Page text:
Antimicrobial Susceptibility with Survival Assay

A survival capability assay was performed as described previously (Li et al., 2008). In brief, inoculums of BL21-32a-OmpS2, which was generated by cloning the full length of OmpS2 using primers (forward 5′-GCGAATTCATGTGTTTACTTCGACAG-3′, EcoRI and reverse 5′-GCCTCGAGTTAGAACTGGTAGACCAGA-3′ XhoI) from EIB202 genomic DNA, cloned into pET32a expression vector and transformed into BL21, were cultured separately overnight and diluted 1:1000 into 5 mL fresh LB medium with 0.02 mM IPTG. Two cultures contained TET, and the other two were used as controls without the drug. Bacteria were cultured at 28°C on a gentle shaker (150 rpm), and the OD600 of the bacterial cultures was detected at 8 h. Survival capability was calculated by dividing the OD of the cultures with TET by the OD of the cultures without the antibiotic and termed the survival rate of bacterial strains cultured in medium with the drug. The experiment was repeated at least three times. The differences in survival rates were analyzed with SPSS. Differences were considered significant if p < 0.05.

Results

Evaluation of the Antibiotic Resistance of Five Clinically Isolated E. tarda Strains

The MICs of the five clinically isolated strains EIB202, LTB4, WY28, WY37, and Et1 to KAN, TET, and CAP are determined (Figures 1A–C). Et1 exhibited high KAN resistance but low TET and CAP resistance while EIB202, WY28, and WY37 exhibited high TET and CAP resistance but low KAN resistance. LTB4 was susceptible to all three antibiotics and thus served as the negative control.

FIGURE 1
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Figure 1. MIC and 2-DE-based proteomics for the analysis of outer membrane proteins with differential abundance in five clinically isolated E. tarda strains. (A–C) MICs for kanamycin (A), tetracycline (B), and chloramphenicol (C) in the five clinically isolated E. tarda strains. (D) Enlarged image showing six outer membrane proteins with differential abundance in the five clinically isolated strains. (E,F) Western blotting to validate the differential abundance of EvpB and ETAE_1628, using unchanged TolC and ETAE_2675 as controls.

Establishment of Outer Membrane Protein Profiles Associated with Antibiotic Resistance

2-DE proteomics was used to characterize the differential abundance of outer membrane proteins in the five clinically isolated E. tarda strains (Supplementary Figures 1A, 2). The differentially expressed proteins from the five strains are summarized in Figure 1D; Supplementary Figures 2A, 3; Supplementary Table 1. The expression change was further validated by Western blot (Figures 1E,F). Thus, the six proteins represent the arsenal for outer membrane protein being associated with antibiotic resistance.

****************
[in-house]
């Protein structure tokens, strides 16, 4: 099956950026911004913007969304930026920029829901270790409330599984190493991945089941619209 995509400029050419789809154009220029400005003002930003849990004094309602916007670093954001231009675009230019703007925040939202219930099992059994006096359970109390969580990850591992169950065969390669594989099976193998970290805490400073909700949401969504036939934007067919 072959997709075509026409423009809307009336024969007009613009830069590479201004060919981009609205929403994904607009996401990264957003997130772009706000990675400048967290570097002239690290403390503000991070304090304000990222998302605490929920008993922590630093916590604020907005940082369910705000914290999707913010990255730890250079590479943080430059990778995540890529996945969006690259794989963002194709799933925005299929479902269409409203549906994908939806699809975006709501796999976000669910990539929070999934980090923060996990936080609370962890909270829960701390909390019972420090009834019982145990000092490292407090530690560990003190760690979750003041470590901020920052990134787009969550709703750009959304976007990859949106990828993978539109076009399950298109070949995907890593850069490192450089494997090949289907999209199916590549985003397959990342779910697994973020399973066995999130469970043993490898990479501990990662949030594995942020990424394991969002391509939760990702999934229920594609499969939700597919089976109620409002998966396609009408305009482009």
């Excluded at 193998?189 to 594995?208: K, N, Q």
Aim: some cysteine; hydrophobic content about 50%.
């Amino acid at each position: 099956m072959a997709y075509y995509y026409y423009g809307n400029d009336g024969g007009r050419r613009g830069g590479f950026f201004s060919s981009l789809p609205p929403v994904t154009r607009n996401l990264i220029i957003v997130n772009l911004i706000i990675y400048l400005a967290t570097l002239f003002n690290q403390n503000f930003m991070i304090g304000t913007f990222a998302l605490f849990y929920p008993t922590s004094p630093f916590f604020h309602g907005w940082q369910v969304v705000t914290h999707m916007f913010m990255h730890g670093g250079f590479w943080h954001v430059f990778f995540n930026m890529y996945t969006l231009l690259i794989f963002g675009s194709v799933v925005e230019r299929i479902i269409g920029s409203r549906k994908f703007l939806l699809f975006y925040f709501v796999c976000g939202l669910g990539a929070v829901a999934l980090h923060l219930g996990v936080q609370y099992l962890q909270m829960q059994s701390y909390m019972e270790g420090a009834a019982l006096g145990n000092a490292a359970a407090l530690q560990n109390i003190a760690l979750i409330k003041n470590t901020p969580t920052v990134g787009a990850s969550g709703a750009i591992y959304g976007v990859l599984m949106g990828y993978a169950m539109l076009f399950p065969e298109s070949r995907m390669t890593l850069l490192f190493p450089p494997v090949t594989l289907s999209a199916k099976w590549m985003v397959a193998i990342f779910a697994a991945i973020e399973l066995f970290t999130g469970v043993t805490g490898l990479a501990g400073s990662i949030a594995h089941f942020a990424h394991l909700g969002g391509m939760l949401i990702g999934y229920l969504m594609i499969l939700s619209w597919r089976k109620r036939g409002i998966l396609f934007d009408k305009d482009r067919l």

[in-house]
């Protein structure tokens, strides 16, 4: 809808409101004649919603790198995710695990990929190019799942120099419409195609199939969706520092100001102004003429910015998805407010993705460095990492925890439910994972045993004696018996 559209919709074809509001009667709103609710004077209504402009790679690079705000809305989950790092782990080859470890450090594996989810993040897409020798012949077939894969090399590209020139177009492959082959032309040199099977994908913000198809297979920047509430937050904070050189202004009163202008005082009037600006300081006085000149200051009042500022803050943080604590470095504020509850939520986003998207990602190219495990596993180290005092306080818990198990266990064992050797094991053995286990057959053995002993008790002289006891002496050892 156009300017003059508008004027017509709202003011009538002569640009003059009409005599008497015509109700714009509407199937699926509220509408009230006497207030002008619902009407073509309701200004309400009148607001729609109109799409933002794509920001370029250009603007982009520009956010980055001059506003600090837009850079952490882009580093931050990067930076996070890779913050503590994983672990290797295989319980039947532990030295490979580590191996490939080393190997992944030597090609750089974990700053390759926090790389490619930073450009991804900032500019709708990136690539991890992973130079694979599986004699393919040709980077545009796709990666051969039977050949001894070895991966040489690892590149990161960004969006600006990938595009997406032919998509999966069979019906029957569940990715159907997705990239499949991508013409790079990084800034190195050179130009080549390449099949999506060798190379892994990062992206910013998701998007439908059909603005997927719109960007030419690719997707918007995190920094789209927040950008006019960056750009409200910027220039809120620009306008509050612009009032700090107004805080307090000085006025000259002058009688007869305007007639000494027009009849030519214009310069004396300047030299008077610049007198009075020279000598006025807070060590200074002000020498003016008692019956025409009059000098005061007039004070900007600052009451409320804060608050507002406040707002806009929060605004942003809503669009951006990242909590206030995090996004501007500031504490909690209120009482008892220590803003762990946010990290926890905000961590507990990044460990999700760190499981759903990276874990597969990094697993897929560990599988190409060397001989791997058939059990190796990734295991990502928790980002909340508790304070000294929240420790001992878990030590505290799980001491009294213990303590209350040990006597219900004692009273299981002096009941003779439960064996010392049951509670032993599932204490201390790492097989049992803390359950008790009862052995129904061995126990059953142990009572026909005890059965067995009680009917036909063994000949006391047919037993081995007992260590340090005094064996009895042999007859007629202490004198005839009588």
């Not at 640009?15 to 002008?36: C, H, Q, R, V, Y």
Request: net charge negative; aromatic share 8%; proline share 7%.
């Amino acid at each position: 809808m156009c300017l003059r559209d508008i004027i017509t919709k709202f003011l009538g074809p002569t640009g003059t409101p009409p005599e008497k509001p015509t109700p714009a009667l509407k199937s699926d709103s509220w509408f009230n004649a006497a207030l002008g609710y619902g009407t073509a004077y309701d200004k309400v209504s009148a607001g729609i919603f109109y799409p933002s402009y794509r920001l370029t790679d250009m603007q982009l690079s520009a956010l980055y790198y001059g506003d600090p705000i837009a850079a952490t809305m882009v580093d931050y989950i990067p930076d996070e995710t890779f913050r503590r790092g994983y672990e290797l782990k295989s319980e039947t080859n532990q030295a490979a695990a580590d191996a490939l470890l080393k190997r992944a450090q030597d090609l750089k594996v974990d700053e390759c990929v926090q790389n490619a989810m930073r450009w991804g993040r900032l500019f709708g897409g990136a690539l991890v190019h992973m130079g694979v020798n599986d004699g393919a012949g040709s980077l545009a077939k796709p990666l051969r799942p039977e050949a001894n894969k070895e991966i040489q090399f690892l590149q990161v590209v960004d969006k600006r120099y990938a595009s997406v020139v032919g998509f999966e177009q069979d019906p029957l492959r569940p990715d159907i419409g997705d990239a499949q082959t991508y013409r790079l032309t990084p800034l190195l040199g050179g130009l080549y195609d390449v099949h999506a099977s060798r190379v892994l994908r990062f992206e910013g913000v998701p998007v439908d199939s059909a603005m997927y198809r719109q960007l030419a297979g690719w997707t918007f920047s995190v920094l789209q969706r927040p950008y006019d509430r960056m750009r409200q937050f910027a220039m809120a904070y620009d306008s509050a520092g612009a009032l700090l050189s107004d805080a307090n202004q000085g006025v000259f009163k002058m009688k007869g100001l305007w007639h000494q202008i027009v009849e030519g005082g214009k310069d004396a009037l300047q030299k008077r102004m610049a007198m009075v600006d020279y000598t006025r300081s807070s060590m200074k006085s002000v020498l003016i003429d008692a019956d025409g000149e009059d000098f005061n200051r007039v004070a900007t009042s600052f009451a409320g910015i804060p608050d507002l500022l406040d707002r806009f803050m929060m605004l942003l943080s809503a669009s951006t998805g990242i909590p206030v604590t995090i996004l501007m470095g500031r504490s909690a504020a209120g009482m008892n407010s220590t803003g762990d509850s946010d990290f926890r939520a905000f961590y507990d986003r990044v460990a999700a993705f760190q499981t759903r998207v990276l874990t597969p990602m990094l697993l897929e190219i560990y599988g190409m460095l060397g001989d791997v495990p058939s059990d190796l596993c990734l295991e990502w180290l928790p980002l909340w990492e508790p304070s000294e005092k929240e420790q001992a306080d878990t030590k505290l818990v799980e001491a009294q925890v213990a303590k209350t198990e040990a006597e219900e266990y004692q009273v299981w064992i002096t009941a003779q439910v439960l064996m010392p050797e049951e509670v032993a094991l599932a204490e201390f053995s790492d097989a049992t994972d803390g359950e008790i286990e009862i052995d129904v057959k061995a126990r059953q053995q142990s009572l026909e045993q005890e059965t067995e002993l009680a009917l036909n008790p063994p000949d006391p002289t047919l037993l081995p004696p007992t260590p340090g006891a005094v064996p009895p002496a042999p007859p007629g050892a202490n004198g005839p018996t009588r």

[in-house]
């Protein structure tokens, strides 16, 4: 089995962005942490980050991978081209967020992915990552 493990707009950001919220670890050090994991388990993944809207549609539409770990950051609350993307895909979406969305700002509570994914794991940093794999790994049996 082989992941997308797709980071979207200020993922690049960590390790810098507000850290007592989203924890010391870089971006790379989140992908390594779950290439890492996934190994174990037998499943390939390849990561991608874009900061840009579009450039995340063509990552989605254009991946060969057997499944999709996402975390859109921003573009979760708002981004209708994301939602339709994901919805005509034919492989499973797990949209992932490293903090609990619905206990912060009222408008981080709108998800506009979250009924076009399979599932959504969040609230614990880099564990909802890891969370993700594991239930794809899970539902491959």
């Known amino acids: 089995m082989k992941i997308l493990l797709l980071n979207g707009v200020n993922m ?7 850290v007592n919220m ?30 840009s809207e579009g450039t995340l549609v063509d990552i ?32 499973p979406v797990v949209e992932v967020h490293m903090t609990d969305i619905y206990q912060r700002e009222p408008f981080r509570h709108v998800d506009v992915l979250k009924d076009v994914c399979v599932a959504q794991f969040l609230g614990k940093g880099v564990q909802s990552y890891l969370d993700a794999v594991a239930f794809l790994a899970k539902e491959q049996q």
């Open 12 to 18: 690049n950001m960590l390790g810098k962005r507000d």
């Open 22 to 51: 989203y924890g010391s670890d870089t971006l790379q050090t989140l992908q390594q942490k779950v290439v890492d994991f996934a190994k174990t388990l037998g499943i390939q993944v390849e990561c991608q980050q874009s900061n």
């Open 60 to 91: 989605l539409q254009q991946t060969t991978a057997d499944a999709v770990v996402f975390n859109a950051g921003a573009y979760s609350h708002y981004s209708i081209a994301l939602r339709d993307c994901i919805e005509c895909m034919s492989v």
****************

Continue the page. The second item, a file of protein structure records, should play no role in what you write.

Identification of KAN-, TET-, and CAP-Induced Outer Membrane Protein Patterns

To establish the relationship between the outer membrane proteome and antibiotic resistance, we generated specific antibiotic-resistant strains. LTB4 was propagated with KAN, TET, or CAP to generate KAN-, TET-, and CAP-resistant strains, which were named LTB4-KAN, LTB4-TET, and LTB4-CAP, respectively. Meanwhile, EIB202 was propagated with KAN to obtain EIB202-KAN and Et1 was propagated with CAP to generate Et1-CAP. The MICs of the laboratory-generated antibiotic-resistant strains were lower (2.5-folds for LTB4-KAN and EIB202-KAN, 5-folds for LTB4-TET, 2-folds for LTB4-CAP), or equal (for ET1-CAP) to those of the clinically isolated antibiotic-resistant strains (Figures 2A–E).

FIGURE 2
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Figure 2. MIC and 2-DE-based proteomics for the analysis of outer membrane proteins with differential abundance in five laboratory-generated antibiotic-resistant E. tarda strains. (A–E) MICs for the laboratory-generated antibiotic-resistant E. tarda strains. (F–H) The enlarged maps for the spots with differential abundance in KAN (kanamycin)-resistant strains (F), TET (tetracycline)-resistant strains (G), and CAP (chloramphenicol)-resistant strains (H). (I) Western blotting to validate the differential abundance of proteins.

We used 2-DE-based proteomics to characterize the differential abundance of outer membrane proteins in the five laboratory-generated strains. The results showed that six, five, six, seven, and seven proteins exhibited differential abundance in LTB4-KAN, EIB202-KAN, LTB4-TET, LTB4-CAP, and Et1-CAP compared to their parental strains, respectively. The abundance of EvpB, LamB, and EvpA was lower in LTB4-KAN and EIB202-KAN compared to their parental strains and the abundance of OmpF2 and ETAE_1826 was higher in LTB4-KAN and EIB202-KAN compared to their parental strains (Figure 2F; Supplementary Figures 1B, 2B, 3; Supplementary Table 1), which was consistent with the differential abundance of outer membrane proteins in Et1 compared with LTB4. Second, the abundance of OmpF2 and ETAE_0245 was lower in LTB4-TET than its parental strain, and the abundance of EvpB, LamB, EvpA, and TolC was higher in LTB4-TET than its parental strain (Figure 2G; Supplementary Figures 1B, 2C, 3). The same difference was also observed between LTB4 and EIB202. Finally, EvpB, OmpF2, ETAE_0245, EvpA, and ETAE_2675 were lower and ETAE_1826 and TolC were increased (Figure 2H; Supplementary Figures 1B, 2D, 3); similar differences were observed between LTB4 and LTB4-CAP and between Et1 and Et1-CAP. In addition, these changes in abundance were validated by Western blot (Figure 2I).

Establishment of KAN-, TET- and CAP-Induced Outer Membrane Protein Patterns